CHARLESTON, SC (courtesy charlestonsouthern.edu) — Charleston Southern University graduated its largest class in university history with more than 770 graduates May 4 at North Charleston Coliseum.
Princeton McBride, a double major in Christian studies and public health, from Sumter, and president of the Student Government Association, gave the senior class address.
McBride said, “We’re on a new voyage, a different journey.” He said many may not know what comes next, but as advice he quoted, “The chief end of man is to glorify God and enjoy Him forever.”
Communication studies graduate, Caroline Walsh, of Summerville, also addressed the graduates. Walsh said, “We have all had people walk beside us on our journey, people who believed in us. I, literally, had my Dad, who many of you know, by my side each day.”
Walsh lives with cerebral palsy. Her life began in chaos, the product of a drug-addicted mother, but was adopted very young by the Walsh family. They were told she wouldn’t make it past her toddler years, if that.
“People in my life, especially my family, taught me not to let my disability define me or let my physical challenges keep me from following my dreams,” Walsh said. “Never allow whatever struggles you face in life to stop you from pursuing your dreams; always believe in yourself. We have been given the tools and can do whatever we set our minds to. Just look at me!”
Caroline Walsh’s father, Bill, was surprised with an honorary Bachelor of Arts degree for his faithful assistance in his daughter’s education.
Guest speaker for the event was Lt. Gen. Richard W. Scobee, Chief of Air Force Reserve, Headquarters U.S. Air Force, Washington, D.C., and Commander, Air Force Reserve Command, Robins Air Force Base, Georgia. He serves as principal adviser on reserve matters to the Secretary of the Air Force and the Air Force Chief of Staff, and he has full responsibility for the supervision of all U.S. Air Force Reserve units around the world.
Scobee is the son of Dr. June Scobee Rodgers and the late Dick Scobee, an American test pilot and astronaut who perished in the Space Shuttle Challenger disaster in 1986. Scobee Rodgers is a 1970 CSU alumnus, and in 1987 she was the first woman and the first graduate to serve as guest speaker at commencement.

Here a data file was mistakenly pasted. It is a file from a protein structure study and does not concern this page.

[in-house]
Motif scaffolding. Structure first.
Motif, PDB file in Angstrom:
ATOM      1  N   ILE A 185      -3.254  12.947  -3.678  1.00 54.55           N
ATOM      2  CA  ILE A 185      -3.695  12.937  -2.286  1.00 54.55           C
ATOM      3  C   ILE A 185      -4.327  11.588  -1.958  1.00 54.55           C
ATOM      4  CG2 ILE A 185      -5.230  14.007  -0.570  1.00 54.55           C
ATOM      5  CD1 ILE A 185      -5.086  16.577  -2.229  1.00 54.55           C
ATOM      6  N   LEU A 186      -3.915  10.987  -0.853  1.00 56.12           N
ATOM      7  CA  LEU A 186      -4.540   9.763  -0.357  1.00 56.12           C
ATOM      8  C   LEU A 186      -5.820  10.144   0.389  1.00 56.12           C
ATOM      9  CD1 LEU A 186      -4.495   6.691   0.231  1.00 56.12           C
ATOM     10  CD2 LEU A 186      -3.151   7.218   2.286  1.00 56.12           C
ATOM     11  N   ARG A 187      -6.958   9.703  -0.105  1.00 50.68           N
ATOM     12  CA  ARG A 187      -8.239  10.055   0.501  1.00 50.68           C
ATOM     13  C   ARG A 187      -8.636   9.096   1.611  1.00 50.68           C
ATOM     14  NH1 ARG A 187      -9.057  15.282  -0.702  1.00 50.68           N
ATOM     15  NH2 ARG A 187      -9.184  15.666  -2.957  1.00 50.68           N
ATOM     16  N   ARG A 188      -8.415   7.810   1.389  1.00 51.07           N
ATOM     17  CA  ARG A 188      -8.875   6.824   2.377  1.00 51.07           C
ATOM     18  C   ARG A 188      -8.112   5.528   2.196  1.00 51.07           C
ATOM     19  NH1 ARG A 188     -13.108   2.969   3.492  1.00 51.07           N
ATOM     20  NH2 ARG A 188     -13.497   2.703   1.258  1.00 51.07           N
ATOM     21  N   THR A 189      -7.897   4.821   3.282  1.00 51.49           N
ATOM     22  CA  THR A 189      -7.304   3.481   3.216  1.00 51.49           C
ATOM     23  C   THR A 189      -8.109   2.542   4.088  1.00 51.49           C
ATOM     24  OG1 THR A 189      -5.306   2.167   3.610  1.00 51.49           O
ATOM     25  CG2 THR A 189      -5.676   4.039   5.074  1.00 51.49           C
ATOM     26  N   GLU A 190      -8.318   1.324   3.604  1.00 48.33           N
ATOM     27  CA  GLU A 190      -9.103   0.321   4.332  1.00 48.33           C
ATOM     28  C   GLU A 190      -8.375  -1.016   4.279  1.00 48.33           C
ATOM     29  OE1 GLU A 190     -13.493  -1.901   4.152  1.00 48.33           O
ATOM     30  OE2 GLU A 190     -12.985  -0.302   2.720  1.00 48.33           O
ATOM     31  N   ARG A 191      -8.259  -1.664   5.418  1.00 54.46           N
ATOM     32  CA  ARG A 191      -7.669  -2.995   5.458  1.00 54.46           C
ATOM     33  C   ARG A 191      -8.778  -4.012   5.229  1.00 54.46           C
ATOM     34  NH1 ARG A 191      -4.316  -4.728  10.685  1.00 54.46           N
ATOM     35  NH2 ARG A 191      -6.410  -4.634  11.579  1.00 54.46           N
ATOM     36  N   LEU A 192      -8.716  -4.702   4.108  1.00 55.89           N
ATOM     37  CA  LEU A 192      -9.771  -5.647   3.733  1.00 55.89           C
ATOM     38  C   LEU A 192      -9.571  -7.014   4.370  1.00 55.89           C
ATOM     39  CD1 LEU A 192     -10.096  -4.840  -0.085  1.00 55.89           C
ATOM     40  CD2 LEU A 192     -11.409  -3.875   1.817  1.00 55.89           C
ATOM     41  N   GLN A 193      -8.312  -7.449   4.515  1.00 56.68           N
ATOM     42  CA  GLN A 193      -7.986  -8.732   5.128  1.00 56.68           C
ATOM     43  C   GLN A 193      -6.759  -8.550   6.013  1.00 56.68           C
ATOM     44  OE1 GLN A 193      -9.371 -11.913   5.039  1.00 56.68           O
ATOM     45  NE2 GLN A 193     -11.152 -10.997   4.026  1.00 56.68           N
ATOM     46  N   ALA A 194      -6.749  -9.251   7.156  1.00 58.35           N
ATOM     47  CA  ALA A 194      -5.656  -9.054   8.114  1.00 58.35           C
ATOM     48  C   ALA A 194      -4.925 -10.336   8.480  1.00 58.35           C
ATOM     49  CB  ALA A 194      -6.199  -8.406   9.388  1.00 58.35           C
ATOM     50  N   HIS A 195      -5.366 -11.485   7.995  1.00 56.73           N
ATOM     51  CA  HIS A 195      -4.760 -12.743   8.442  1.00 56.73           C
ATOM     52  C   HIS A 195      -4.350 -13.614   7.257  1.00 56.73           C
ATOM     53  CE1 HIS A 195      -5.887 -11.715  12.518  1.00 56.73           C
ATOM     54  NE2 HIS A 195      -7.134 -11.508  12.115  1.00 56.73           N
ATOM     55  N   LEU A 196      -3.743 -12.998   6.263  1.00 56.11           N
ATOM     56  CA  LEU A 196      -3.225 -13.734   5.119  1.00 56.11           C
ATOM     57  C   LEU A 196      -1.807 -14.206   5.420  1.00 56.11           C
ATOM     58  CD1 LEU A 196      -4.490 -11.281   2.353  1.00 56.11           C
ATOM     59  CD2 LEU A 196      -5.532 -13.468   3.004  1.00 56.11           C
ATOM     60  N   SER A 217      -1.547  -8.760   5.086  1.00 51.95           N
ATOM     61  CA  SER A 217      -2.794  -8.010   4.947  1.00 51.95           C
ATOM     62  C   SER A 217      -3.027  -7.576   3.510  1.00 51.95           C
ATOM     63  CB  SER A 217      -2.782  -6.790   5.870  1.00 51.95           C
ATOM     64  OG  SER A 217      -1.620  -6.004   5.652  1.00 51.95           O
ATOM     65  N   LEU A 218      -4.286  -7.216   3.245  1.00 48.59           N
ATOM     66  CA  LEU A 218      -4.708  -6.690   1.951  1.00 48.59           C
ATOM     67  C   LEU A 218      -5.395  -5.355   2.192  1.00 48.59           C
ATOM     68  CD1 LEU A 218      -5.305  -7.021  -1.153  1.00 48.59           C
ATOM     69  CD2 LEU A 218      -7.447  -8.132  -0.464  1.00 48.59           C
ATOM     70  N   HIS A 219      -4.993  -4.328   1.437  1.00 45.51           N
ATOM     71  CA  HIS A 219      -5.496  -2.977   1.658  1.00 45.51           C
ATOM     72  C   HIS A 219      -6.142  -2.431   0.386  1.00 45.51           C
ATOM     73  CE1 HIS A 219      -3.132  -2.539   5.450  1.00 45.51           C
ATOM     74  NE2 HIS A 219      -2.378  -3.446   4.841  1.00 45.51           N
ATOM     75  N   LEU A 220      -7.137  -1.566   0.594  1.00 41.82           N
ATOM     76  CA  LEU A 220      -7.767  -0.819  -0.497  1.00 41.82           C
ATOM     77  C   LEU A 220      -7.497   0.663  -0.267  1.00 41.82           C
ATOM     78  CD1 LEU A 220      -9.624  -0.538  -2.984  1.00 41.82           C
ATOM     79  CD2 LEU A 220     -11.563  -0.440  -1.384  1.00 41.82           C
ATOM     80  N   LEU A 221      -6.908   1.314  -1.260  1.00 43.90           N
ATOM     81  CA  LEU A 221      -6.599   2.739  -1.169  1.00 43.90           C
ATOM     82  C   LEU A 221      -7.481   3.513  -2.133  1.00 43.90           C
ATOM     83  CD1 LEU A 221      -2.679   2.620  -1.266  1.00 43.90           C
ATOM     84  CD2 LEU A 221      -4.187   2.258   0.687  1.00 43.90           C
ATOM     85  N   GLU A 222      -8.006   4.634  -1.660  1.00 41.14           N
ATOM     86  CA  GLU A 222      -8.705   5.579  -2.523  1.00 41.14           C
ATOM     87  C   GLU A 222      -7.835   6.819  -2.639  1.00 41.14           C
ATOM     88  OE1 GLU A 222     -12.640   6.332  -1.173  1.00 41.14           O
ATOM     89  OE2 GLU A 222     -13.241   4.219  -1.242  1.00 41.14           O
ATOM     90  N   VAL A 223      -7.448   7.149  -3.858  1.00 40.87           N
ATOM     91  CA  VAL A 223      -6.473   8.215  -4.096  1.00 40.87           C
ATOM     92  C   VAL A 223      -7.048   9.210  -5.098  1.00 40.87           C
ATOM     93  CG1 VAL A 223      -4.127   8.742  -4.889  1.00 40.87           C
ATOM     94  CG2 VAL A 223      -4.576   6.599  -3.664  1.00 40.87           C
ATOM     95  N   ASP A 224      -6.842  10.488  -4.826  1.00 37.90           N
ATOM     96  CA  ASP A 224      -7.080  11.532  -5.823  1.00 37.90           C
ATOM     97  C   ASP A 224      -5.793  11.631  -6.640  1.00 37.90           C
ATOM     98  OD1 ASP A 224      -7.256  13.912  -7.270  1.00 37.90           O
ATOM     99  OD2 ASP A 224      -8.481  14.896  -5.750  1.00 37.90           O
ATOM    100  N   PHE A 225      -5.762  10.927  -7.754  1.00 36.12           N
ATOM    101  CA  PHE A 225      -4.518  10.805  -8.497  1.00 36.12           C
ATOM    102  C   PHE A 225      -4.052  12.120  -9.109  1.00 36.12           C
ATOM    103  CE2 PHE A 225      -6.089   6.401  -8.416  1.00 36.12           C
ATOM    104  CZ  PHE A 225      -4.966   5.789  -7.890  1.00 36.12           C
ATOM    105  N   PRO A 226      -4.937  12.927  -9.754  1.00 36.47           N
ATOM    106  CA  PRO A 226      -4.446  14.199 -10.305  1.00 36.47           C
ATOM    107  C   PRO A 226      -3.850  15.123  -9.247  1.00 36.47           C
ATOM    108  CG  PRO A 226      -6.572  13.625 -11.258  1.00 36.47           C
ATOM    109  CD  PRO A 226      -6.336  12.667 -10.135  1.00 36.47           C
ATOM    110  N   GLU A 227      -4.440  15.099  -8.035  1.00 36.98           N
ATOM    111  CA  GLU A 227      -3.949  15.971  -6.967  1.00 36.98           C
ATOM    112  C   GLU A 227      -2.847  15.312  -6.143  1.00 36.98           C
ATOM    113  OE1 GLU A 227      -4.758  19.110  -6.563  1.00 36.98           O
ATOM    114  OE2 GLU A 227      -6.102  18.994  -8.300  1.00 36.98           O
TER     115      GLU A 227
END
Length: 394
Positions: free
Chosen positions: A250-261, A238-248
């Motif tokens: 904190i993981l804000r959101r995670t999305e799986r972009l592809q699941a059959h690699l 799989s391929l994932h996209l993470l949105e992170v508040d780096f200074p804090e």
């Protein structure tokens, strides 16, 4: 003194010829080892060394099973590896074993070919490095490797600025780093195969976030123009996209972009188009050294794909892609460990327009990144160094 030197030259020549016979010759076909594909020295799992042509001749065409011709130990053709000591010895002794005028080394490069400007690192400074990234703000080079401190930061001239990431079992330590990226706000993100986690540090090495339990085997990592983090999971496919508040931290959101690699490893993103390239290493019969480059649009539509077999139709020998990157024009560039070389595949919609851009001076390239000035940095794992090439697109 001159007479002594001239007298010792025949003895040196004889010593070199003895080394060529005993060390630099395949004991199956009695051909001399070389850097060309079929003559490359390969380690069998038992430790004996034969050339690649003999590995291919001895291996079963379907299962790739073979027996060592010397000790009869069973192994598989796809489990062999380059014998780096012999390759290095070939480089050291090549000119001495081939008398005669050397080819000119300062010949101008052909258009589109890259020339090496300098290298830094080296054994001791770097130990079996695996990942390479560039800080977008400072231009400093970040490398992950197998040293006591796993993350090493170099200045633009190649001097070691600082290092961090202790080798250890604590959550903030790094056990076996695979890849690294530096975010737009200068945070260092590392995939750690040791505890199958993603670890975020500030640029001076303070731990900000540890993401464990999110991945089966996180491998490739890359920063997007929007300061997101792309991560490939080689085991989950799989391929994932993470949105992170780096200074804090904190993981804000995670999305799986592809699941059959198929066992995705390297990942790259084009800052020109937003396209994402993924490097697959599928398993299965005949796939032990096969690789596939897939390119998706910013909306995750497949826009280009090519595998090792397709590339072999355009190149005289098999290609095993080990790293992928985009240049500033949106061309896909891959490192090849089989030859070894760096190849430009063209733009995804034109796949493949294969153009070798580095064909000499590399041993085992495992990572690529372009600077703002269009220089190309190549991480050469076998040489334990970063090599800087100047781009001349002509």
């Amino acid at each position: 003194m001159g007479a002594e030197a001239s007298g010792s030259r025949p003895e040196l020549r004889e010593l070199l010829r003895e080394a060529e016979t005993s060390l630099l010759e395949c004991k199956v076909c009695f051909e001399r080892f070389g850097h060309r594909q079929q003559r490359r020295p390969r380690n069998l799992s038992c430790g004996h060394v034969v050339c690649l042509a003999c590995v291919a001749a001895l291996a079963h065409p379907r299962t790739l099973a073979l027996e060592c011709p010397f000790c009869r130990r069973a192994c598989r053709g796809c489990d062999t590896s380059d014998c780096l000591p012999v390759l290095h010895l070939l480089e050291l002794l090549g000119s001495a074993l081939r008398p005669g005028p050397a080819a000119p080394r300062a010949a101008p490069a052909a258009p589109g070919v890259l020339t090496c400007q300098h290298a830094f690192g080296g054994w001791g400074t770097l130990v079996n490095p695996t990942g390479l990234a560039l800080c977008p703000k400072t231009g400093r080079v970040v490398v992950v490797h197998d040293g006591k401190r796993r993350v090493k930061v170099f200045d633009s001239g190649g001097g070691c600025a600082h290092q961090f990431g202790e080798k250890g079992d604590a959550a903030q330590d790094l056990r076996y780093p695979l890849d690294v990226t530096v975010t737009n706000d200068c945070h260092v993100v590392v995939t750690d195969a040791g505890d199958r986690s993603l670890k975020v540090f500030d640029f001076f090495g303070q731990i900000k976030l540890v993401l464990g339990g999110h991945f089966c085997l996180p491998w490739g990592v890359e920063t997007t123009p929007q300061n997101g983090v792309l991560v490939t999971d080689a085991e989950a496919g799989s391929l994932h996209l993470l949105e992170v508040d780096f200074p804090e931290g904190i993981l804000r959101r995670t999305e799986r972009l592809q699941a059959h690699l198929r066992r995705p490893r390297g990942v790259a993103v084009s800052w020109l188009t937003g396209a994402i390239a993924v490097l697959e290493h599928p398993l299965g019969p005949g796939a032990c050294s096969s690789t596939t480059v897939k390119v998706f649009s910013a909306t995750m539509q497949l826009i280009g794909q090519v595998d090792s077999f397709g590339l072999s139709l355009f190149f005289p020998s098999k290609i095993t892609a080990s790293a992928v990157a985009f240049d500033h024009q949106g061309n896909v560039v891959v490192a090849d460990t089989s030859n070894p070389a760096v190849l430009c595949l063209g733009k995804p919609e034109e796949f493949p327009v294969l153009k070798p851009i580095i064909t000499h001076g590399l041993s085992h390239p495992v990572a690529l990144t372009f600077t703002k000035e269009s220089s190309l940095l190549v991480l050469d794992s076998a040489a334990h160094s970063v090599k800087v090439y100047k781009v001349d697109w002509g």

Scobee referred to his mother’s time as a student at Baptist College, now CSU. He said, “I was 3 years old when I started at CSU and 6 when I graduated.”
He said he once asked his father how he went from being a mechanic in the Air Force to being an astronaut. “Dick Scobee told me, ‘I did the best job I could do at whatever job the Air Force gave me; prepared myself for whatever was next, and got the training I needed.”
Scobee shared this advice: “Put your plan into action. Caroline Walsh did, and her father made a difference. Do a good job; enjoy the journey; put your faith into action and help your children or someone else’s children succeed.”
Scobee graduated from the U.S. Air Force Academy in 1986 and earned his master of business administration from the University of South Carolina in 1997. His distinguished Air Force career includes 248 combat hours as an F-16 pilot. He and his wife, Janis, have three children.
Edward “Eddie” Driggers received the Distinguished Service Award. Driggers attended CSU and is the special assistant to the Mayor of North Charleston. Driggers is a former North Charleston Police Chief and has been a chaplain with Coastal Crisis Chaplaincy and with a Federal Response Disaster Medical Assistant team. He and his wife, Lennis, have two sons and two grandchildren.
The Myrtle E. Hamrick Award
Hollie K. Roy
Music Education – Instrumental major from Conway, S.C.
The John A. Barry Scholar Award
Joshua R. Rogers
Biochemistry major, Honors student, from Ridgeville, S.C.
The Hunter Cup
Grace E. Clark
Elementary Education major, Women’s Soccer team member, from Greensboro, Ga.
Carolyn Killen Hunter Outstanding Christian Teacher Endowed Scholarship and Award
Hope K. Ivanova
Early Childhood Education major, senior, from Bulgaria
Susan Kelley Jones
Emerita Professor of Psychology
Distinguished Service Award
Ely Edward Driggers Jr.
Honorary Doctor of Leadership Degree
Richard William Scobee